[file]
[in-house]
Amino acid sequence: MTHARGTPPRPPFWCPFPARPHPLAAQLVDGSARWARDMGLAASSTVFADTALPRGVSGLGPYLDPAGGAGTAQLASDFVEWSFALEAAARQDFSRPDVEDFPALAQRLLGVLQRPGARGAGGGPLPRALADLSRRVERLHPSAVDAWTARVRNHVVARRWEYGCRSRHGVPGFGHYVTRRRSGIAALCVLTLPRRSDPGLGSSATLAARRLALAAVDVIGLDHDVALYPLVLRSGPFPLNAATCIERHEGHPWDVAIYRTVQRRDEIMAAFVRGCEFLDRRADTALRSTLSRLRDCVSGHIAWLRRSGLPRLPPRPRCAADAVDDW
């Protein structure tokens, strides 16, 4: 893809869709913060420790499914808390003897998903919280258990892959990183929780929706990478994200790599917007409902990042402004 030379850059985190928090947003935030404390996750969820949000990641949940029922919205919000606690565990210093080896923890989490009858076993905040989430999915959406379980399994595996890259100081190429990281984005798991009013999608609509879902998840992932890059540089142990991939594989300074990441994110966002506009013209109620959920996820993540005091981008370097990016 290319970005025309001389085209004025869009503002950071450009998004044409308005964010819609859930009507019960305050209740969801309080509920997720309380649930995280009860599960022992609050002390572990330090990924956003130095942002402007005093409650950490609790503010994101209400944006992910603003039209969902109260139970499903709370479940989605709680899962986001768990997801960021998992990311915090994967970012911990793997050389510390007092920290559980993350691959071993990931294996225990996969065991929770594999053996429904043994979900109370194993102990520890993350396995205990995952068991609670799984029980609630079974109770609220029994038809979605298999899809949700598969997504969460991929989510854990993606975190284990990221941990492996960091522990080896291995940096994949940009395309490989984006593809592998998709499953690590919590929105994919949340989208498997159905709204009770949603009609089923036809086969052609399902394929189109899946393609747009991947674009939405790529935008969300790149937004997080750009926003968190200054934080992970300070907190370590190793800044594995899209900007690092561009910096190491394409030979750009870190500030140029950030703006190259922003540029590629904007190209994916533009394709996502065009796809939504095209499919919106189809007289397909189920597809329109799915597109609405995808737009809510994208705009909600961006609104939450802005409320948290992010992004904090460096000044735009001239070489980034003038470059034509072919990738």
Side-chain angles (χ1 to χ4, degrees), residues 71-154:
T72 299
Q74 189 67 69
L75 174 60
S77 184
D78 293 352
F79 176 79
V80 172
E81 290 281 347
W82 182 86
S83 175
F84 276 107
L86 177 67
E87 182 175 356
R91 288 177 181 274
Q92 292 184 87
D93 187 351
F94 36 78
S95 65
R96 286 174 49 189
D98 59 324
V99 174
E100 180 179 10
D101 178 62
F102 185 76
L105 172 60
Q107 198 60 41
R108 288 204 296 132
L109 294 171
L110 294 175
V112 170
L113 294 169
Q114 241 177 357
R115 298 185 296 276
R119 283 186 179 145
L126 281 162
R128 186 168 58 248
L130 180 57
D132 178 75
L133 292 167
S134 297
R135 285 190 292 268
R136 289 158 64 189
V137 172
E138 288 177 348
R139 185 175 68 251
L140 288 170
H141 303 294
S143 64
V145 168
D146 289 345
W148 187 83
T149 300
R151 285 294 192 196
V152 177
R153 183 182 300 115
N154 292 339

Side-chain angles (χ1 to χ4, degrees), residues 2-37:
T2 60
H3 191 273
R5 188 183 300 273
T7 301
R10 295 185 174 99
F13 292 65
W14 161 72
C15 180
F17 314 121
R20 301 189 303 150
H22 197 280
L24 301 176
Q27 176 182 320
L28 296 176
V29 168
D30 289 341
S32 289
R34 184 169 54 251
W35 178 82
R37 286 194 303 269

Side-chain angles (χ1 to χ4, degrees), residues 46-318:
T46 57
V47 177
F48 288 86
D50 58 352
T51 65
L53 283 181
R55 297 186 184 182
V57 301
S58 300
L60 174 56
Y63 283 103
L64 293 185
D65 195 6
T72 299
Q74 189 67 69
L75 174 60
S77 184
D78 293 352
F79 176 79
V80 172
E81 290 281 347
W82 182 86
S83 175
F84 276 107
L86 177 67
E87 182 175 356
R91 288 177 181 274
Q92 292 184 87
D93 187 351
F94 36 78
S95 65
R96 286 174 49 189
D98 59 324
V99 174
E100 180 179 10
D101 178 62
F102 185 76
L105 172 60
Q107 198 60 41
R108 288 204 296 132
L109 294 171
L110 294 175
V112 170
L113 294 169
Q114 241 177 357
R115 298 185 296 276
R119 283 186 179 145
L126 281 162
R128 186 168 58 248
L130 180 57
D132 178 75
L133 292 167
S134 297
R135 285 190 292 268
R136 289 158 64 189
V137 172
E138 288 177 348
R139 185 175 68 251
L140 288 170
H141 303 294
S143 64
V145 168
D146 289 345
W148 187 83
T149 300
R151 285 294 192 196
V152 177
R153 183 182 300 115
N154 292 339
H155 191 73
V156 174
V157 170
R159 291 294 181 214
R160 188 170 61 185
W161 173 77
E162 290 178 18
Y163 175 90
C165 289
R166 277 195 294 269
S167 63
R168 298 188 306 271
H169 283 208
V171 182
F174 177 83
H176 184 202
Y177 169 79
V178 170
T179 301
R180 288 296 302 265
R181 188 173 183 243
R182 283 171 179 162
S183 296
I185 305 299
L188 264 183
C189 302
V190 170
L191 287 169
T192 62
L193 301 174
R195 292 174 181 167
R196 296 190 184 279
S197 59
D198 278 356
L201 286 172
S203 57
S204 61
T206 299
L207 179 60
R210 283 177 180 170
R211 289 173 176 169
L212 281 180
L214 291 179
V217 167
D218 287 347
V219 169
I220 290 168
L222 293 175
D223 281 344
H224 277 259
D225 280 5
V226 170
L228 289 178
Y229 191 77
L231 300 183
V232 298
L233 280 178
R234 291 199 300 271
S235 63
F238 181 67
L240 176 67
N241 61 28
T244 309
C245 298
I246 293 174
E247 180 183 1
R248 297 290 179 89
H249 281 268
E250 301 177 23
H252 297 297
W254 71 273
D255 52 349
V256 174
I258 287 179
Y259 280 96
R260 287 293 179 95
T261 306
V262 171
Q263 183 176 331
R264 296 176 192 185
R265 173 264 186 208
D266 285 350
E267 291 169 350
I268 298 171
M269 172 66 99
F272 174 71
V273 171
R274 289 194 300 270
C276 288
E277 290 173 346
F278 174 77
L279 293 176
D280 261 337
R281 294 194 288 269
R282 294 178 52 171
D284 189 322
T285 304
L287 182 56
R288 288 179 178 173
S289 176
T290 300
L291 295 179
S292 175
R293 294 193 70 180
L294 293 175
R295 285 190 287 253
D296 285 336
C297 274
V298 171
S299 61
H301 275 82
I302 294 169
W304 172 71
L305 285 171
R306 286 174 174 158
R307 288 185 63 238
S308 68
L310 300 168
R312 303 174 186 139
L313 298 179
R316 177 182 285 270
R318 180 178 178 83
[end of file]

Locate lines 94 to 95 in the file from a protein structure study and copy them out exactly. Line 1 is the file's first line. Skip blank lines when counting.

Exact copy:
L64 293 185
D65 195 6